McDonald's officials believe that, given another month, they can have neighbors lovin' their proposal for the Naperville's sixth location. And city council members were willing to give them the time.
Despite pleas from a couple Naperville City Council members for McDonald's to resubmit their new proposal and start the process over, a majority of council members voted Tuesday to give McDonald's officials until Oct. 16 to present their new plan to the city council.
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The original proposal needed multiple variances to zoning, landscaping and sign regulations when it was first introduced in June.
Developers had hoped to demolish the Citgo gas station at Hillside Road and Washington Street to construct a 3,599-square-foot McDonald's that would be open 24 hours.
But council members voted down the plan, saying the drive-through could pose a traffic and safety nightmare on Washington Street, and also could disrupt the nearby residential neighborhood.
The plans called for a right-in and right-out access on Washington, and the opportunity to turn left or right when exiting onto Hillside Road.
The proposed parking lot would have had 31 spaces instead of the required 61; of those, 11 would have been for employee parking.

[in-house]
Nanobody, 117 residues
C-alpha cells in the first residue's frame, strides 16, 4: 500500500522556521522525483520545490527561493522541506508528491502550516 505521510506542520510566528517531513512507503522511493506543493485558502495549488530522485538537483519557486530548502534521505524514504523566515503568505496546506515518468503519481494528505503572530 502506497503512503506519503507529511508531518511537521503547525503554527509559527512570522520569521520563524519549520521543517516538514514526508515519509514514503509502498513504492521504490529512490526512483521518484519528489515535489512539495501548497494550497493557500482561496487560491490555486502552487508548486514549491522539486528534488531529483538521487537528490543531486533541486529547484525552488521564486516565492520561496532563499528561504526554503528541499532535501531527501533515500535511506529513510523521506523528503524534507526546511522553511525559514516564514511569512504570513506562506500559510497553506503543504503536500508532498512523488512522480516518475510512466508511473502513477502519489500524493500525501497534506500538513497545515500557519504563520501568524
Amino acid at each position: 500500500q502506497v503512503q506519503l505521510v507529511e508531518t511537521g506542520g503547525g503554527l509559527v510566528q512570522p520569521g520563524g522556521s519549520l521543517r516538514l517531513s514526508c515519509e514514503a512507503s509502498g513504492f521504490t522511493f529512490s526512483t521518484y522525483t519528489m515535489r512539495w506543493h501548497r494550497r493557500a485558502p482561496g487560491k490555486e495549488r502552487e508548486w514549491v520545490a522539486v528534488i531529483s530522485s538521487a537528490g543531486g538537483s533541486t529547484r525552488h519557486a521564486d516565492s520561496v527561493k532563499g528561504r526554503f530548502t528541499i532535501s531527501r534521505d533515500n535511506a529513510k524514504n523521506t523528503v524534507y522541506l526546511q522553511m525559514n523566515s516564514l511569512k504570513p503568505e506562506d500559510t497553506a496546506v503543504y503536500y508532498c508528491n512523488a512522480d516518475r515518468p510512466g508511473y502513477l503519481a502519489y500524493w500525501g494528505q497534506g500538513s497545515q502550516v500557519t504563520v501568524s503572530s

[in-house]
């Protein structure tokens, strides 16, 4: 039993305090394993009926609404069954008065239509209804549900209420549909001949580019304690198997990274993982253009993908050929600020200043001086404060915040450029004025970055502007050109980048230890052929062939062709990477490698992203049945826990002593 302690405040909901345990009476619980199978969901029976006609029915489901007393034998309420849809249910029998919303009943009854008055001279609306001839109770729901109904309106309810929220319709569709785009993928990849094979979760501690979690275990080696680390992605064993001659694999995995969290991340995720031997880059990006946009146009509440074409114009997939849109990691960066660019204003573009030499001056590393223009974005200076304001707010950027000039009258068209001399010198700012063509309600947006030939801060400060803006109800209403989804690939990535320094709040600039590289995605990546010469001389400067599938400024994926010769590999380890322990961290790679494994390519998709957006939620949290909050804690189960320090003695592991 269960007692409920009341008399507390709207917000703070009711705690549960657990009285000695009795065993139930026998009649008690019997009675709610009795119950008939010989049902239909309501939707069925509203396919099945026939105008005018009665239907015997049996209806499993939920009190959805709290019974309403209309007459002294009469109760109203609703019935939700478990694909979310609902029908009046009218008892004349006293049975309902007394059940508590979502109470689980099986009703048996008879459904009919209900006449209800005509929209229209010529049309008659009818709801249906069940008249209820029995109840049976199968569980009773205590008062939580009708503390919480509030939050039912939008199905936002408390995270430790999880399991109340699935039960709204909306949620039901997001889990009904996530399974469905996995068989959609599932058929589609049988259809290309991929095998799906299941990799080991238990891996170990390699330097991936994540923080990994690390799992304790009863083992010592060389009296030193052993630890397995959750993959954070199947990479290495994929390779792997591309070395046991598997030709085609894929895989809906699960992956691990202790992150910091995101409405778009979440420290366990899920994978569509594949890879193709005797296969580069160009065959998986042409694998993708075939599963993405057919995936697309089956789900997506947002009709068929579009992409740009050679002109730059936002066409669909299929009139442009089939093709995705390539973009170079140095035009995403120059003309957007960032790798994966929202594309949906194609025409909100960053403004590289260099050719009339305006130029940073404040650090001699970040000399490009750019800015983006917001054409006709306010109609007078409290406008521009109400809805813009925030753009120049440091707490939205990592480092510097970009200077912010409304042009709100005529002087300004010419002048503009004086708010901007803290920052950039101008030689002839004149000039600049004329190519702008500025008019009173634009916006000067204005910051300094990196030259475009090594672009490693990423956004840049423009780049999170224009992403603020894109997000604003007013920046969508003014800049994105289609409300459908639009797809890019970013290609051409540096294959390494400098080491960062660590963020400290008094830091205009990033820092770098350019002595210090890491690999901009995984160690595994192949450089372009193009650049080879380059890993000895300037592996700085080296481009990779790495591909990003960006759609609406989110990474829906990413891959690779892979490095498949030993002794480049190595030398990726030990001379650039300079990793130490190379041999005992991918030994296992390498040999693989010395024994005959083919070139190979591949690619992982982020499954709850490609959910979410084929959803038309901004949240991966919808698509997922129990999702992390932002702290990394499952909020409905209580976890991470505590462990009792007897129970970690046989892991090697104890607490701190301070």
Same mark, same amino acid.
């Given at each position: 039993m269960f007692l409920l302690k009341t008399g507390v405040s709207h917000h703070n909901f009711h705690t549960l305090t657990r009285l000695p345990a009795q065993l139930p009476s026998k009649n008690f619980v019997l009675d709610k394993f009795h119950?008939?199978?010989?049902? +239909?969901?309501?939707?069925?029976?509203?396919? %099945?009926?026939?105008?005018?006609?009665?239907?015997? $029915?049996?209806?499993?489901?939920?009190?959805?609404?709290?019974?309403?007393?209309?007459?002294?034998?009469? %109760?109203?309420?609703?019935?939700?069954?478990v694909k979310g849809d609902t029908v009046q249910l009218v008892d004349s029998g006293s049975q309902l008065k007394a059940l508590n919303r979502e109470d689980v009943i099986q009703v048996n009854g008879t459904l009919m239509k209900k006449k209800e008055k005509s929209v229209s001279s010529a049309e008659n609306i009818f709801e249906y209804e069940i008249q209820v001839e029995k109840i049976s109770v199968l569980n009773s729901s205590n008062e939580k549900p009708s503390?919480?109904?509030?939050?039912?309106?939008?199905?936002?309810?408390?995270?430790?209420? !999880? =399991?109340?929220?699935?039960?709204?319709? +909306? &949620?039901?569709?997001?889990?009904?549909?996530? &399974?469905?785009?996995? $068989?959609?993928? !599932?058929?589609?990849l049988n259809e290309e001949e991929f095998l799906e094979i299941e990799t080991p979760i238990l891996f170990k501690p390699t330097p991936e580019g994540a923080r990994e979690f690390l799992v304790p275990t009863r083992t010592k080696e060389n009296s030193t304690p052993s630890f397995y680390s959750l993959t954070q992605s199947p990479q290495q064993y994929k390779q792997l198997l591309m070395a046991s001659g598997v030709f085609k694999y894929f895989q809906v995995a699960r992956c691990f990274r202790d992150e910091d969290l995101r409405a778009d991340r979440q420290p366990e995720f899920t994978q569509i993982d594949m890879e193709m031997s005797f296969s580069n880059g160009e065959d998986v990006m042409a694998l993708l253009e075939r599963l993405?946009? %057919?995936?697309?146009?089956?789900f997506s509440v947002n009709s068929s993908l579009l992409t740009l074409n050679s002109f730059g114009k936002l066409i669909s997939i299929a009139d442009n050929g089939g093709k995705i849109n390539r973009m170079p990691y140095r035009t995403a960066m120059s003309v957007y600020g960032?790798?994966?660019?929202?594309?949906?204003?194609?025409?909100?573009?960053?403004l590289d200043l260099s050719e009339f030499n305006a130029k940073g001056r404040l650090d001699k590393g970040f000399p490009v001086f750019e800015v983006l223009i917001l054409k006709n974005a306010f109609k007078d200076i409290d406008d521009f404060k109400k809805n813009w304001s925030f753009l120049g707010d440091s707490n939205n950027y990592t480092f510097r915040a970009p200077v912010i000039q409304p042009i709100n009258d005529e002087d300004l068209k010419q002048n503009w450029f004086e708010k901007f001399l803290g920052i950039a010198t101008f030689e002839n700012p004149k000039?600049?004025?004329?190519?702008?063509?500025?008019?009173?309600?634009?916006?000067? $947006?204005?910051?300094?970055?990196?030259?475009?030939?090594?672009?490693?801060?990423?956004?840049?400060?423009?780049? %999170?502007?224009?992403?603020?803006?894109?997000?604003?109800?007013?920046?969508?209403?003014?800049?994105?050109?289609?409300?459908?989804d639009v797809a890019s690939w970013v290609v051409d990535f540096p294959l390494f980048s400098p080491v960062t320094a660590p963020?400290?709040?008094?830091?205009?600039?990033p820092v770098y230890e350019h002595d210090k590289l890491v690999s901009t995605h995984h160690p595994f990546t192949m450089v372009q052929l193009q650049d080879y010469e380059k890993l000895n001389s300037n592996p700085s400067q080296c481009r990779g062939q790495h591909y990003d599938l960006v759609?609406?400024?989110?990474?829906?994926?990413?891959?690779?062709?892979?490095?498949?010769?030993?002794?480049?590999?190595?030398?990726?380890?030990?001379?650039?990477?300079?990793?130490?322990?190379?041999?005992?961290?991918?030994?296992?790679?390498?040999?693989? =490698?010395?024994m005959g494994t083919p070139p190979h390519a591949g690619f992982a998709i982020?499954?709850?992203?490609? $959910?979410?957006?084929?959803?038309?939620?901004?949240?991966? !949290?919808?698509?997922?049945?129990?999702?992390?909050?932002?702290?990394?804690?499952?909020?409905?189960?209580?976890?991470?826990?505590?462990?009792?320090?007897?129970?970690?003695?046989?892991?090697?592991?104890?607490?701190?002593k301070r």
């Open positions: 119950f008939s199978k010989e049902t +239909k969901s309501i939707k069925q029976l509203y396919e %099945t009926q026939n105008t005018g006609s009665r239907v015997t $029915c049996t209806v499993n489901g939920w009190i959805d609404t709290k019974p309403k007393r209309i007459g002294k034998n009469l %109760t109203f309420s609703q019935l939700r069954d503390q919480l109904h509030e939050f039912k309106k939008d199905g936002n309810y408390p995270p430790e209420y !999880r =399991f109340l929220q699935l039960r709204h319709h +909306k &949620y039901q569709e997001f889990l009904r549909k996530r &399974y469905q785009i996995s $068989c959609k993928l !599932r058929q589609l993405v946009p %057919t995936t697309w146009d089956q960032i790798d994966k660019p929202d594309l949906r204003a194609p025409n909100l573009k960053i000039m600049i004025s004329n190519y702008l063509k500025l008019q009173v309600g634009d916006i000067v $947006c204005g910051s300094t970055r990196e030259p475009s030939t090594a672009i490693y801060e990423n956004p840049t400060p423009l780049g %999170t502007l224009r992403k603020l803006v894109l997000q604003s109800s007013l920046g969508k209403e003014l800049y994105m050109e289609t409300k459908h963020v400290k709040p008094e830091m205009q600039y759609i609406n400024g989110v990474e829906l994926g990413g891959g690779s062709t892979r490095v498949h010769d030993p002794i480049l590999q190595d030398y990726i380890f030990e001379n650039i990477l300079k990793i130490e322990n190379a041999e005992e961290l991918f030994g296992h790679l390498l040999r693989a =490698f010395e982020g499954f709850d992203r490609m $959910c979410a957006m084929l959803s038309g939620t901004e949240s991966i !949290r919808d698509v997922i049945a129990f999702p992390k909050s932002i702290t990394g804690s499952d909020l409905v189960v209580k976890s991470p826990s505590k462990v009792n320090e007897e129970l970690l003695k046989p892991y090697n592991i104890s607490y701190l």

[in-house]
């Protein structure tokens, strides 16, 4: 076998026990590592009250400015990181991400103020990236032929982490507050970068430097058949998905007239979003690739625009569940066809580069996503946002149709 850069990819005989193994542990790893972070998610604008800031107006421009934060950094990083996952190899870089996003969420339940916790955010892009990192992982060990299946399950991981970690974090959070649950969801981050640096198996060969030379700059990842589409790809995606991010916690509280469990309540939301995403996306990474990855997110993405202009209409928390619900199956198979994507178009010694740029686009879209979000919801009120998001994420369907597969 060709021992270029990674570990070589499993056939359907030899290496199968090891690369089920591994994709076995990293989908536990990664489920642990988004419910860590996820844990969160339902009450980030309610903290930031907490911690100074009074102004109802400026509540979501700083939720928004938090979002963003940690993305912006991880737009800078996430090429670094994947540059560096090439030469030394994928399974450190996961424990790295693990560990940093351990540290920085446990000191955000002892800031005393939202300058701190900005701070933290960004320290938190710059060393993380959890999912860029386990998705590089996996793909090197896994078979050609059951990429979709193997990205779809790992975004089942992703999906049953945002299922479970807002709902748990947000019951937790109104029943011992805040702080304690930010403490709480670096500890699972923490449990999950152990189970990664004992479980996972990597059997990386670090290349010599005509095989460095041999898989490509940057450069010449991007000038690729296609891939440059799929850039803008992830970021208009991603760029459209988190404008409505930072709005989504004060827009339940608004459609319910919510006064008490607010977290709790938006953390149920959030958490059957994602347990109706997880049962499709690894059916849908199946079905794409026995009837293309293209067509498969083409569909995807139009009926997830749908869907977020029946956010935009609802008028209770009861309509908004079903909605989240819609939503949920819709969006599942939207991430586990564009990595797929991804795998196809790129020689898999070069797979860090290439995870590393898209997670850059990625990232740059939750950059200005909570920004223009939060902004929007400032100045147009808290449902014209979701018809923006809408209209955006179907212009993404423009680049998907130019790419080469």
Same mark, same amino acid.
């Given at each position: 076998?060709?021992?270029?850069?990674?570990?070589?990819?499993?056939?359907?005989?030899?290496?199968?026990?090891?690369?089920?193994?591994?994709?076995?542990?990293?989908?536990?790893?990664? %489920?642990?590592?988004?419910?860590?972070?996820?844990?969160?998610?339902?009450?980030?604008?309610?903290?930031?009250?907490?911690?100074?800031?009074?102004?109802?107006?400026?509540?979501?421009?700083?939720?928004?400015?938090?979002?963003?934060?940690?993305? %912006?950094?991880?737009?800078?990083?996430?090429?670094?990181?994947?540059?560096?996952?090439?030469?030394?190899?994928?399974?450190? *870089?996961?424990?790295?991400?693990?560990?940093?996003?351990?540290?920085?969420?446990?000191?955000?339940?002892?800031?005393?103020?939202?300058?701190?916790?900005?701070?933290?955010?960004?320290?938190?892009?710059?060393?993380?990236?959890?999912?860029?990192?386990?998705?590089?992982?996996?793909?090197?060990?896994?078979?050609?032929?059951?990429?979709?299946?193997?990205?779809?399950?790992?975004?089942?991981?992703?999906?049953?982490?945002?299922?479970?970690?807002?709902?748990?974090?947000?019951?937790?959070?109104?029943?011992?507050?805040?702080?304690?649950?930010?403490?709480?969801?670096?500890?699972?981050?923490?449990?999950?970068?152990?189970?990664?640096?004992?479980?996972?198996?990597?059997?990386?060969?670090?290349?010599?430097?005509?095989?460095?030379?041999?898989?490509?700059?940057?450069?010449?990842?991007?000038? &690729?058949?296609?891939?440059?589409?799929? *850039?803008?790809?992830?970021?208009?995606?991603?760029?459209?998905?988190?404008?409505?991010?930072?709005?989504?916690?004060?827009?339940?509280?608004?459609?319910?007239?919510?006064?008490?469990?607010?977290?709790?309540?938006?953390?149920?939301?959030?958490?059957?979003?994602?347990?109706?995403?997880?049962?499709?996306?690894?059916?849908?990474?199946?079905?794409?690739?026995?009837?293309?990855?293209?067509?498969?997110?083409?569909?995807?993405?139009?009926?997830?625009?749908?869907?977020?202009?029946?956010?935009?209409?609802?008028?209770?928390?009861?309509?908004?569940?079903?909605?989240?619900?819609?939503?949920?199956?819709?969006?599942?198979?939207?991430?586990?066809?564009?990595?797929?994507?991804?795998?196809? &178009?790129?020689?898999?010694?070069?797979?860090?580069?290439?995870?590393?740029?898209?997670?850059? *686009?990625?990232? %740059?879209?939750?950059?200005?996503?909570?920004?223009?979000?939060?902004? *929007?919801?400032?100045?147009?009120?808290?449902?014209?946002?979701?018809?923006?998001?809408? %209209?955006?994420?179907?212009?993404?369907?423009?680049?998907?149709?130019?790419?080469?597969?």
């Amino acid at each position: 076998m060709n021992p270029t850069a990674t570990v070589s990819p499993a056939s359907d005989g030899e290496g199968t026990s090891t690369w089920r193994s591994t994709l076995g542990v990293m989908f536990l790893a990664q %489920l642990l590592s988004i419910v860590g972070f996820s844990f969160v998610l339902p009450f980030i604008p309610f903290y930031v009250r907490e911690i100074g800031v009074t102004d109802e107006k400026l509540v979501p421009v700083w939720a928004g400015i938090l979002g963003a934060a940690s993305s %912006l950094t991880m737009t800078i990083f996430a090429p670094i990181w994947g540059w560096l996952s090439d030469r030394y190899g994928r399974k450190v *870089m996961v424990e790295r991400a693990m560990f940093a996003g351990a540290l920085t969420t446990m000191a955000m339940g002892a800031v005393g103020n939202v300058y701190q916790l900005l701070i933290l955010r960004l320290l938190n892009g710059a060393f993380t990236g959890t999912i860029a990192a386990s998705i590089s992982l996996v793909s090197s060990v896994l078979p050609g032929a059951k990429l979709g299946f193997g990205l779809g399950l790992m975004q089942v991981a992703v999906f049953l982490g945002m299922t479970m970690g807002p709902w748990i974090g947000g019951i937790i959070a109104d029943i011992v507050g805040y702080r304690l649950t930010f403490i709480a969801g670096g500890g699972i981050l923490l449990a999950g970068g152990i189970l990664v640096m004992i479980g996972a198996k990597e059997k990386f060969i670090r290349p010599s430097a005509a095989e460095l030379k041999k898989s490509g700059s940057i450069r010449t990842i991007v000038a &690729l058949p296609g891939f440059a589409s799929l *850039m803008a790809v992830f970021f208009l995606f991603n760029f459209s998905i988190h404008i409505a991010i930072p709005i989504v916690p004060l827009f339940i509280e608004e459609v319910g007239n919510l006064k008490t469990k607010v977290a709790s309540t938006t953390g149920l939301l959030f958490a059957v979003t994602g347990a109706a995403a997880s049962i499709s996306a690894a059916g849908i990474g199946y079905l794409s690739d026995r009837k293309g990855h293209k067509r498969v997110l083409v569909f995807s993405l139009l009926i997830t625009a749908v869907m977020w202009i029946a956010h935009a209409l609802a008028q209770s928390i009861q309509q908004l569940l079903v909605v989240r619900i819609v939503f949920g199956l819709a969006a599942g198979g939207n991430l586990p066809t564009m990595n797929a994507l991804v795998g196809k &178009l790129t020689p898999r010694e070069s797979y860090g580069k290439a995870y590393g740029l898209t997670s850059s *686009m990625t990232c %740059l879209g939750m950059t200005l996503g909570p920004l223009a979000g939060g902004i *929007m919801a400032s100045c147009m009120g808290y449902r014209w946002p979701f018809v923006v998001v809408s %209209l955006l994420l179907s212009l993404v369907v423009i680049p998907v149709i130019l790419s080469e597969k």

Councilman Robert Fieseler said Tuesday that he is concerned that by offering continuances to the fast food giant, McDonald's is being allowed to sidestep a vetting of the reconfigured proposal by the city's plan commission and also keeping the plan out of the public eye until its too late.
"The Plan commission voted 7-0 in favor of the project and I have no reason to think they're going to vote any differently," Fieseler said.
"But the one thing that does, is ensure the lack of public input that would occur if we were to have the case go back before the plan commission."
Councilman Grant Wehrli said also sees "the potential to cut the public completely out of the process."
McDonald's attorney Henry Stillwell said McDonald's was merely trying to avoid respending the $250,000 the company has already invested in the planning process without "a reasonable basis for success."
Stillwell denied that McDonald's was trying to cut the public out of the process, but was only trying to gain favor with the council, who would ultimately be voting on the plan.
"One of the things that we have always planned to do, after we felt we had a plan that made sense, was to then go forward and meet with the adjacent residents," Stillwell said.
"McDonald's has a number of facilities in this community as well as the world. The last thing we're interested in doing is alienating the communities we do business in and the residents who are our prospective customers."
Councilman Kenn Miller, who made the motion to allow the continuance until Oct. 16, said it was the last extension he would approve.